I do not know my third cousin, Ruby Rivlin, very well. We corresponded 14 years ago when the “Who is a Jew” issue came before the Knesset. He was an advocate for a change in the law that, had it passed, would have defined for purposes of aliyah under the Law of Return that a Jew is someone born of a Jewish mother or who converts “k’fi ha-halacha” (according to traditional Jewish law as interpreted by Israel’s Chief Rabbinate) which would exclude conversions conducted by many American Orthodox rabbis, and all Conservative, Reform, Reconstructionist, and Renewal Rabbis.
Ruby’s response to me was warm and familial, but direct. As an elected member of the Knesset he was obligated to preserve the integrity of the Jewish people. He believed that this law would accomplish that goal.
The bill did not pass due to the international outrage expressed by Diaspora Jewish leadership.
I knew Ruby’s beloved mother, Rae Rivlin, better than I knew Ruby. I spent a number of Shabbatot in her Rehavia Jerusalem home when I was a first-year rabbinic student at the Hebrew Union College–Jewish Institute of Religion in Jerusalem in 1973 to 1974. She was an extraordinary woman, deemed the grand hostess of Jerusalem in “O Jerusalem.” Family and guests were there every Shabbat for dinner, and I was included. Ruby was a regular. I learned that between 5 PM and 6 PM daily never to visit or call because Rae was watching Peyton Place, a huge American TV soap opera.
I never met Ruby’s father, the late and beloved Professor of Islamic Literature at the Hebrew University of Jerusalem, Dr. Yosef Rivlin, who died in 1968 just after the Six- Days War. Yosef translated the Koran and the Arabic classic A Thousand and One Nights into Hebrew. The latter is a series of volumes of which I am a proud owner of a signed first-edition printing.
Ruby’s family came to Israel in the early 19th century. His father’s namesake – also Yosef Rivlin (a street in downtown Jerusalem near Hillel Street is named for him) was the first Jew to move out of the Old City of Jerusalem and establish the neighborhood of Mea Shearim, now a hareidi stronghold, only steps from the Old City walls. The elder Yosef was a brave man, as Mark Twain described the land in those years being plagued by bandits and marauders. He moved out of the Old City because there was a dearth of habitable apartment space available for increasing numbers of Jews making aliyah before the modern Zionist movement really took hold.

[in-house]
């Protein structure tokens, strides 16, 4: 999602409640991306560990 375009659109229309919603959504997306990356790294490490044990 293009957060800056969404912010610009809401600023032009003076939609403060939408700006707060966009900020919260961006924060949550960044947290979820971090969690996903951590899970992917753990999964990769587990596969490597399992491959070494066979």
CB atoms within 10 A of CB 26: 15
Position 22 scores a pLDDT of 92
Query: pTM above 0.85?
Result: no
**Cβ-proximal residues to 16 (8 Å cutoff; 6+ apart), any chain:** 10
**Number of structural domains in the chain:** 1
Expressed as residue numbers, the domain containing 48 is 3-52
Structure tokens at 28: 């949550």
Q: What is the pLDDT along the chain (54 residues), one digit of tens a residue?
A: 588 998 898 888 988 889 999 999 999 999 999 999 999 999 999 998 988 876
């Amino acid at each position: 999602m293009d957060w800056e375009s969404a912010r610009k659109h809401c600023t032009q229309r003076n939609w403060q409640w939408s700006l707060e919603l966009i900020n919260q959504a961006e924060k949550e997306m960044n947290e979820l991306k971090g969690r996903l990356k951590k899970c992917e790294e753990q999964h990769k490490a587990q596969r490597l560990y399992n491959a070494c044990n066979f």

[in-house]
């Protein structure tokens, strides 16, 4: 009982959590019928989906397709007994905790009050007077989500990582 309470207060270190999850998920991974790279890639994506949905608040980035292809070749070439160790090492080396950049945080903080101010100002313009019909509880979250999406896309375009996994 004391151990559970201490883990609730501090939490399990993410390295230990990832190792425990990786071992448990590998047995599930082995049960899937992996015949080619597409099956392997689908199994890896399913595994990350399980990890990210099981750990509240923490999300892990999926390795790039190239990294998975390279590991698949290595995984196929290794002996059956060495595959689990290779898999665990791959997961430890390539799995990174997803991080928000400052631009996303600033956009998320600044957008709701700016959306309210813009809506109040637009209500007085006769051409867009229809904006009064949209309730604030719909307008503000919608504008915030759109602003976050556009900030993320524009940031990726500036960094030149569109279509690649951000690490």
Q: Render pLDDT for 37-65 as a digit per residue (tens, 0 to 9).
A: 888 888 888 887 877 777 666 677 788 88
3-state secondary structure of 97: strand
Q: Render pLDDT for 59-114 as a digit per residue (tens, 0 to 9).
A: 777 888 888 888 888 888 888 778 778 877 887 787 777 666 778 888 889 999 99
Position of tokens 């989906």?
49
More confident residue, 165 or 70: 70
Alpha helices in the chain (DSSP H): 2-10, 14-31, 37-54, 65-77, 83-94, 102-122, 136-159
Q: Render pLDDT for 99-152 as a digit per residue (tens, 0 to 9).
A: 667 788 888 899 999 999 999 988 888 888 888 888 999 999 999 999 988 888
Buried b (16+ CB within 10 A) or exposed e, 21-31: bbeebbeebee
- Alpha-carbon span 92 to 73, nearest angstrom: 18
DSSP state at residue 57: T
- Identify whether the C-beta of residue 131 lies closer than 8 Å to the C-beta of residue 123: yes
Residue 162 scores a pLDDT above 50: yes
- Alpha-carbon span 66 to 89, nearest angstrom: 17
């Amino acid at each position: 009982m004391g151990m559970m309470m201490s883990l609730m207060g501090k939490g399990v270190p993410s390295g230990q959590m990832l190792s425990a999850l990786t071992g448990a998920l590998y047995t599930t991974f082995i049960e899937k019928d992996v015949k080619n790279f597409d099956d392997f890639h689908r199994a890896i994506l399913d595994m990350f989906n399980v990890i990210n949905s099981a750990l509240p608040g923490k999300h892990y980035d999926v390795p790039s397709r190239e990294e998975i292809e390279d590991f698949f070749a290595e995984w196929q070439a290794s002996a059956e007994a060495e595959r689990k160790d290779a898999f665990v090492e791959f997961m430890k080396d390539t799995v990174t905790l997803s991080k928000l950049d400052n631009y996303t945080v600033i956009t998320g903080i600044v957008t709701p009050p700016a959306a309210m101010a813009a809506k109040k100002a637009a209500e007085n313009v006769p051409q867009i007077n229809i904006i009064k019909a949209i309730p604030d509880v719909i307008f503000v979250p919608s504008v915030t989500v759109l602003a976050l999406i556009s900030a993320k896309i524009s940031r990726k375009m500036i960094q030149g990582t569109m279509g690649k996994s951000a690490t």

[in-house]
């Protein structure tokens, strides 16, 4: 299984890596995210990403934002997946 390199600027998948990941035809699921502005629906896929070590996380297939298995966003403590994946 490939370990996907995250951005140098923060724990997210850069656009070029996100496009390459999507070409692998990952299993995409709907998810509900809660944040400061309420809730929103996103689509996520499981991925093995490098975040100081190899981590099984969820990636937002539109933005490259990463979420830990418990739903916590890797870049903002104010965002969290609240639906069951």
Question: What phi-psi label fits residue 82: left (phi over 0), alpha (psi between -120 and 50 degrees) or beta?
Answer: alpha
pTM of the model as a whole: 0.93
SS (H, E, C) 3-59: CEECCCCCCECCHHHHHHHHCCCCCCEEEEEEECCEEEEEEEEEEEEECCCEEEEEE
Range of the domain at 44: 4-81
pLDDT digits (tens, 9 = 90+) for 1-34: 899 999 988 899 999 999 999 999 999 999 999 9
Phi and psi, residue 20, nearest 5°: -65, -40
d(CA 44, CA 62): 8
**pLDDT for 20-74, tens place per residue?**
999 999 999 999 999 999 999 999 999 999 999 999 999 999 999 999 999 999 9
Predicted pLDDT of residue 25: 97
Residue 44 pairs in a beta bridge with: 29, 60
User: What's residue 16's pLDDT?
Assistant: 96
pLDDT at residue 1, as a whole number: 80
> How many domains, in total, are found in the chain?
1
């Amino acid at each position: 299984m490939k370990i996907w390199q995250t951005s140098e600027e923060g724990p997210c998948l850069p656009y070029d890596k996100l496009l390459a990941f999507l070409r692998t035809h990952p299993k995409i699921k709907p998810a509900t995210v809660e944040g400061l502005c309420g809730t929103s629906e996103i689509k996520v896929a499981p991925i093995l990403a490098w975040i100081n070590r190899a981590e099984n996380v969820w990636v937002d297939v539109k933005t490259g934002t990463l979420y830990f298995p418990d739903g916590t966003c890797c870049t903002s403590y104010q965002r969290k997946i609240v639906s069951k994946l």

At the time that I knew Ruby, he was a young politician close to the leader of Herut, Menachem Begin, before Likud came to power in 1977. Ruby was (and still is) broad shouldered, bullish, but kind. Indeed, people love him personally. He is part of Likud’s old guard, a hard-liner when it comes to the unity of Jerusalem and the two-state solution. He was among those who supported Gush Emunim after the 1967 War that came to be known as Yisrael Shleima (i.e. the Greater Israel movement).
Ruby does not believe in a two-state solution to the Israel-Palestinian Conflict. He also believes that Reform Judaism is tantamount to idolatry. I expect that he will modify his public denunciation of the American and Israeli Reform movements now that he is President of the State, but I doubt that he will modify his beliefs that there can be a Palestinian state alongside Israel and west of the Jordan River and in Gaza.
When Ari Shavit spoke in Los Angeles last week, in a small conversation with a few of my colleagues and me, he worried (and he repeated this in a subsequent Haaretz column) that a President Rivlin will go far beyond the traditional non-political role that Presidents of the State traditionally have taken, and that specifically he will be an adversary to an eventual two-state solution to the conflict.
That being said, within the context of Israel, Ruby believes in equal civil rights for Israeli Arabs. For that reason, so many in the Arab-Israeli community also love him personally.
Ruby has a big heart and he has served the state of Israel with love, integrity and honesty his entire life.
Yet, his views on both the 2-state solution and religious pluralism run counter to the vast majority of Israelis and Diaspora Jewry. As President, he must expand his thinking and represent all the Jewish people in the state, not the segmented extremist fringe, and by extension be inclusive of the Jewish people around the world who regard with love and loyalty the state of Israel as the homeland of all the Jewish people.
Though politically, I hold very different views from Ruby, I wish him mazal tov and prayers for long-life and distinguished service to the state and the Jewish people.